Is Pokémon going after your data?

July 15, 2016

 

As I write this, Pokémon Go is the hottest thing on the planet, hands down. And while most of my Facebook friends seem to agree in their disdain for the game, more than 65 million US users beg to differ.

 

On the other hand, given the fickle nature of the digerati, by the time you read this, Pokémon Go may be old news, joining all manner of phenomena from Angry Birds to the Pet Rock on the dust heap of fads that make you go WTF? I can only hope.

 

First, a disclaimer. To say that my interest in video games is mild would be a vast exaggeration. The last game I played with any regularity was Duke Nukem 3D, and even then, I waxed nostalgic over its 2D-scroller predecessors. I’m a relic, to be sure.

 

Even so, I believe my dislike for Pokémon Go is well-founded. Simply put, Pokémon Go is dangerous.

 

For starters, it puts your physical well-being at risk. Just a couple of days ago, it was reported that two fellows not far from where I live in San Diego fell off a cliff pursuing those elusive Pokémon. One guy got stuck on the cliff; the other bounced all the way down to the beach some hundred feet below. I’m wondering if perhaps Pokemon can fly, and these two gents forgot they can’t.

 

Let’s suppose for a moment, however, that you’re smart enough to avoid stepping out in front of a moving bus to capture a Pokemon. This game is still dangerous.

 

According to a report on The Fiscal Times website, “In order to function, Pokémon Go needs access to a player’s smartphone camera and precise location, to generate maps and place Pokémon within them (even that data release may allow strangers to access your physical location). But upon downloading, the app asks for a user’s Google profile and device identifiers. It seeks to access user contacts and read any USB storage devices in the machine. It can control Bluetooth settings and vibration on the user’s smartphone, while blocking it from sleeping. Initially, the game even secured access to users’ individual Google accounts, like their Gmail inbox, contacts, photos and calendar. Niantic (the game’s developer) called this a mistake, saying they only wanted the profile information.”

 

That’s a big intrusion, but it’s really the point of the whole game. The revenue that the game maker generates selling you virtual Pokémon storage devices for $1 is peanuts. The big money is in selling your data. Big data = big money, plain and simple.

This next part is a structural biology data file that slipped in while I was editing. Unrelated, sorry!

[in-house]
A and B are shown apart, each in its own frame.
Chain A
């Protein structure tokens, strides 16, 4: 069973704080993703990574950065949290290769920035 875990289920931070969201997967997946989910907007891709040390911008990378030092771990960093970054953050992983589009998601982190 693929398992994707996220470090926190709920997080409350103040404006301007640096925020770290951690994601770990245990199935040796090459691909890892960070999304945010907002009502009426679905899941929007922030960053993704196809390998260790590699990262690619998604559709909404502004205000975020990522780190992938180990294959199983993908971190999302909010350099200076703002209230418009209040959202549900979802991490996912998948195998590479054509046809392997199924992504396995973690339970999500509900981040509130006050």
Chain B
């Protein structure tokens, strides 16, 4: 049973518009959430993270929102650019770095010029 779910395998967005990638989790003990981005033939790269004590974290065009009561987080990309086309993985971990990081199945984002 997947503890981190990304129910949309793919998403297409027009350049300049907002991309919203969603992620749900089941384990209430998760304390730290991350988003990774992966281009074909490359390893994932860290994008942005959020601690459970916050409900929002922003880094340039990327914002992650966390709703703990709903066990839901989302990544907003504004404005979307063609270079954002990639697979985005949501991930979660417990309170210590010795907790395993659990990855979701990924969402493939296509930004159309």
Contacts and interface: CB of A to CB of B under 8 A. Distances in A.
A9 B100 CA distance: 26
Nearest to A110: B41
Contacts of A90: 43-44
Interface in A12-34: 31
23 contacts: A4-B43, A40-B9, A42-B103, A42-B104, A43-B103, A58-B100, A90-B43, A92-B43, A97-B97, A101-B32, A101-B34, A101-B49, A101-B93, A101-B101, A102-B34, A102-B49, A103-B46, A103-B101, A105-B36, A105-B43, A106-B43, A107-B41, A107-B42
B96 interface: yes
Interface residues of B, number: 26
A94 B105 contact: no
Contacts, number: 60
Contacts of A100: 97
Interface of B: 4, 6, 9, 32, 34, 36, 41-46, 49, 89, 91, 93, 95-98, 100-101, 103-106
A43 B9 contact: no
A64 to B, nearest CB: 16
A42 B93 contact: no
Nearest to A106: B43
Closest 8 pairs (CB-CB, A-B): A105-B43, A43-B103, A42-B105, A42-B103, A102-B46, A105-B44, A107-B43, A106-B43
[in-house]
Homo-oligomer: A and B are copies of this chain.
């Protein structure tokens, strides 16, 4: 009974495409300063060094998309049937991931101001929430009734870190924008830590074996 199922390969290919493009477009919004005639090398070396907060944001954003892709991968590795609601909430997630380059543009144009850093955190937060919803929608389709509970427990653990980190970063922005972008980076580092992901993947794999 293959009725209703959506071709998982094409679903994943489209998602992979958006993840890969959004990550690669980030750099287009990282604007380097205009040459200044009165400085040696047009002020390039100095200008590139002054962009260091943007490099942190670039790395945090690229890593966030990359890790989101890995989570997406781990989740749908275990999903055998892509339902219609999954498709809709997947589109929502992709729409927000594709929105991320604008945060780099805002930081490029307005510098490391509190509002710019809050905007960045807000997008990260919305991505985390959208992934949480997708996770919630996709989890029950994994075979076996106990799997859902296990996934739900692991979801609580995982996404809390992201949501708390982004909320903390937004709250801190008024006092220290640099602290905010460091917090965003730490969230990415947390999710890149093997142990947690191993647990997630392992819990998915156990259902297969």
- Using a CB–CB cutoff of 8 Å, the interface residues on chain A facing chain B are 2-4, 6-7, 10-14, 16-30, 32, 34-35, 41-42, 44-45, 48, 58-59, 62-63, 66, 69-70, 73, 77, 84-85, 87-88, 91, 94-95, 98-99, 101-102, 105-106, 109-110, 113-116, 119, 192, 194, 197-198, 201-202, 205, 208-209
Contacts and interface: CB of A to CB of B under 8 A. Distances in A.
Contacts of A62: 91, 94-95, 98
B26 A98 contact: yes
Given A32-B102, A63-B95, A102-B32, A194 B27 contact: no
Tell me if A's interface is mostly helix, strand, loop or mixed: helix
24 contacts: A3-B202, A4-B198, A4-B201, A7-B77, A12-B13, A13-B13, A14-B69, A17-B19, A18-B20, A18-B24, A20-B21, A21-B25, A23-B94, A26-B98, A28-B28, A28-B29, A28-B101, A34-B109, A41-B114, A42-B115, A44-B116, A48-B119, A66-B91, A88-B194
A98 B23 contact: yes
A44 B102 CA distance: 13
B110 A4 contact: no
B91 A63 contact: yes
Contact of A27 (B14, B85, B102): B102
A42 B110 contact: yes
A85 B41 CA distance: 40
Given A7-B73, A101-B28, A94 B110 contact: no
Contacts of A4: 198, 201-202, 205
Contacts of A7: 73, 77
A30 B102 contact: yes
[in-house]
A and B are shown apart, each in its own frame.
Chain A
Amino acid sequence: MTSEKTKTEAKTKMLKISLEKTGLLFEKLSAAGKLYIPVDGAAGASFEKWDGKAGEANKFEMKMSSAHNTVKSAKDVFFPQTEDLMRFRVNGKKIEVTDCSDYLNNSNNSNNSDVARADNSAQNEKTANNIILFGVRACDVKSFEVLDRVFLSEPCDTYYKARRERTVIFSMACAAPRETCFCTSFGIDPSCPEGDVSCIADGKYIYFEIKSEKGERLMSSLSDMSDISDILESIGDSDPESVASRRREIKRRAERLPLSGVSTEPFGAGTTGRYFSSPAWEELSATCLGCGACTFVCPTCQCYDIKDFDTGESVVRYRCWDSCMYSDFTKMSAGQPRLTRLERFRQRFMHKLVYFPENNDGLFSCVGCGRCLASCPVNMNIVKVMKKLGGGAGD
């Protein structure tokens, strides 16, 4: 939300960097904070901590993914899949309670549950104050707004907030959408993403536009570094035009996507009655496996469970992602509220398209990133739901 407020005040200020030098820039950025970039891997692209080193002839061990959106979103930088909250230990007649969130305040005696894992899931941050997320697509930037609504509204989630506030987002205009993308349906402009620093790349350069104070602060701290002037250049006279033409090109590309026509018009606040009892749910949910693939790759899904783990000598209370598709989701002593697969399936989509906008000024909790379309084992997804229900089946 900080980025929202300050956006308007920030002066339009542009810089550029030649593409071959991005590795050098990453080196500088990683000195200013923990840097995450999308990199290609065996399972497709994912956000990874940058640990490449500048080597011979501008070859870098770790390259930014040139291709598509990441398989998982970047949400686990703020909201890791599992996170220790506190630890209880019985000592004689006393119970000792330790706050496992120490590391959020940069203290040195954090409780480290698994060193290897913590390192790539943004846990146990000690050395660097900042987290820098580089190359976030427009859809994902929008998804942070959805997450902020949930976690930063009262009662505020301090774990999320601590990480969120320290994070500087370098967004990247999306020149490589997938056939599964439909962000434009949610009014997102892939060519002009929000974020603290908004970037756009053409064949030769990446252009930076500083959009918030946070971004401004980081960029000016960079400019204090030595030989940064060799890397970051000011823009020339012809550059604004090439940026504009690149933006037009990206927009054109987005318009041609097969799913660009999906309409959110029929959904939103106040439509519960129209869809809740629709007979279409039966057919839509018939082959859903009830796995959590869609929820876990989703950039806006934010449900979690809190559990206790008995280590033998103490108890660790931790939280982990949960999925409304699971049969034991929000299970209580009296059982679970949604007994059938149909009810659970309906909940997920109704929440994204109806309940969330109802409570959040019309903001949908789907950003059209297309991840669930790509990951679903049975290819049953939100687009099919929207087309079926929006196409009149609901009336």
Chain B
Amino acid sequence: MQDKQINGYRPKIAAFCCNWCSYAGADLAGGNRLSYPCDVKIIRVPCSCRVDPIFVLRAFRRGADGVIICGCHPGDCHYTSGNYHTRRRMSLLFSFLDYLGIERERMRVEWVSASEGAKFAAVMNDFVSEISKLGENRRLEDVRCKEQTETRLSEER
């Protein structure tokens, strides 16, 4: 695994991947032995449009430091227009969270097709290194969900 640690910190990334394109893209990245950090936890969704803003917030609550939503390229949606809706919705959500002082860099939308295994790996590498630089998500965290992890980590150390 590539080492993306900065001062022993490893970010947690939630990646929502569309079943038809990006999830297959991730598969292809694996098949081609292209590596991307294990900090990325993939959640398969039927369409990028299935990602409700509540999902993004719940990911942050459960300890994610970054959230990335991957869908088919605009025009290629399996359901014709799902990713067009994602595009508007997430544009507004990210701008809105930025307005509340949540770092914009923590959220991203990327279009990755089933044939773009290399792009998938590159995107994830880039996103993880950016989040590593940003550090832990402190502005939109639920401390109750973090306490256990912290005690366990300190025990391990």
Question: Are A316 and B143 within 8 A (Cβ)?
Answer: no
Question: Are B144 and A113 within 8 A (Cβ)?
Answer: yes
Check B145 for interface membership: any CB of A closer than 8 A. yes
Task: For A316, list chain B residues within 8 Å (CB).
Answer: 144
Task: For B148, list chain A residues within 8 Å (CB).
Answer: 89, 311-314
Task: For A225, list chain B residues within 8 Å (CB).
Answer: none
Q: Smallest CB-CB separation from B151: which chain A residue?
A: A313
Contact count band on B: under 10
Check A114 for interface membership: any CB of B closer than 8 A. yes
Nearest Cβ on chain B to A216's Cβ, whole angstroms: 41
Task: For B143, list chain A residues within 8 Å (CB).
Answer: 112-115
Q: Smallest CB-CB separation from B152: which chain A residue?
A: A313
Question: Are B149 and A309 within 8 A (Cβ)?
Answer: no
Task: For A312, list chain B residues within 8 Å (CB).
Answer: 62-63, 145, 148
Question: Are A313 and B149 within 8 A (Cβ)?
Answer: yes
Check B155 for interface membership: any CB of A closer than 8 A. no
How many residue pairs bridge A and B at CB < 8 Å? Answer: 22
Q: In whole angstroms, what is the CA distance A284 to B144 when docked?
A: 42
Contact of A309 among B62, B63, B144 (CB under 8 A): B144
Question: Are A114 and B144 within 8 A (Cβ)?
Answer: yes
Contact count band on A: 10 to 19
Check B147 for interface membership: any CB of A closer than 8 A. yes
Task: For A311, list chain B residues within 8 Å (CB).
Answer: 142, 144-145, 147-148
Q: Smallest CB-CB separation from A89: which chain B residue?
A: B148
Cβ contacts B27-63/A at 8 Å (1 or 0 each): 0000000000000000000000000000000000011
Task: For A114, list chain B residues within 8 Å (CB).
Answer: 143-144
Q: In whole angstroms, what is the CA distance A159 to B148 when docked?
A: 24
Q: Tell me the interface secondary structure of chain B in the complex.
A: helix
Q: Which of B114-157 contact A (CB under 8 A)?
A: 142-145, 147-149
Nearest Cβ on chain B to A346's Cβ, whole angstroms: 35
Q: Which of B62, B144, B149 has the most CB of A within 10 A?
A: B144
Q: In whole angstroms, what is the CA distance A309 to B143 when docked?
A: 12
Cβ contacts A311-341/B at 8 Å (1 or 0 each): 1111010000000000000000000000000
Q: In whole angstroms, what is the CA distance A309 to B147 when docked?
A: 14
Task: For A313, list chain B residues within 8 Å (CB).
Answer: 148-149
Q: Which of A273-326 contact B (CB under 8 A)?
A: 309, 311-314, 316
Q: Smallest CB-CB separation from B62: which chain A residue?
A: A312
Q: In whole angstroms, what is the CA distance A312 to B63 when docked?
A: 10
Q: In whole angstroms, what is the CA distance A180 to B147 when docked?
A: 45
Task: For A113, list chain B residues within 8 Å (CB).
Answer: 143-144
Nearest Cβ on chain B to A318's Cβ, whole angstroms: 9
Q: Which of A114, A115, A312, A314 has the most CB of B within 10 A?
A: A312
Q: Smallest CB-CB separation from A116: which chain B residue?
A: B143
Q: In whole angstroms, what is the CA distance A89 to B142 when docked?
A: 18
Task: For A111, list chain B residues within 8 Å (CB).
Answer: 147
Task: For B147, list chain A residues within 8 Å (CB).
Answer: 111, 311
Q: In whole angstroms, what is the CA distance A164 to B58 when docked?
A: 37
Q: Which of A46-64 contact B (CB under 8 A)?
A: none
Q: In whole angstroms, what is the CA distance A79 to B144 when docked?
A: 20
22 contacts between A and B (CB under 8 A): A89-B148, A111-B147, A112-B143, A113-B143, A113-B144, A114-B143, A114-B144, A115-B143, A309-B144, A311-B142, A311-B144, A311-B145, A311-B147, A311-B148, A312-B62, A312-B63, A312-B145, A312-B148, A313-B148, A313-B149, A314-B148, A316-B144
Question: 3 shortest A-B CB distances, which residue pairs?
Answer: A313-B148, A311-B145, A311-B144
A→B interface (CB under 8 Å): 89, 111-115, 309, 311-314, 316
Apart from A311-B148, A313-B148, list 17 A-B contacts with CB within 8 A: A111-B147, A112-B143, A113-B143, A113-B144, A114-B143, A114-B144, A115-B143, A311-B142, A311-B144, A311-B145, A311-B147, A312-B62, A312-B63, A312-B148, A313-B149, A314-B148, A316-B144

Be that as it may, businesses have been quick to jump on the Pokéwagon and leverage the phenomenon to their benefit. For example, according to a recent Reuters report, a pizza joint on Long Island saw its business jump more than 75% in over one weekend simply by activating a $10 Pokémon “lure module.” This module lures Pokemon to the shop, presumably with their pursuers hot on their virtual heels.

 

This success and others like it have prompted some to suggest that Pokémon Go could disrupt other now-ubiquitous digital-era marketing tools like Groupon and Foursquare. I find that highly unlikely because, as I noted earlier, I expect Pokémon Go to vanish just about as quickly as it appeared.

 

That said, I doubt that the owner of the pizza joint really cares whether Pokémon Go is gone tomorrow. It’s here today and it’s selling extra pizzas. And maybe that’s the marketing lesson in all of this.

 

Back in the day, when I was a young marketing whippersnapper (did I really just write that?), you developed a long-term marketing plan and then you executed it over time. There’s plenty of talk today about how businesses need to be as nimble as possible, and that goes for their marketing, too. So what if Pokémon Go disappears by this time next month? If your business can use it to generate some extra coin between now and then, you need to be smart enough to recognize the opportunity and nimble enough to take advantage of it. You can’t fall asleep at the marketing wheel.

 

I’ve always said that marketing plans need to remain fluid. Now that appears to be an understatement.

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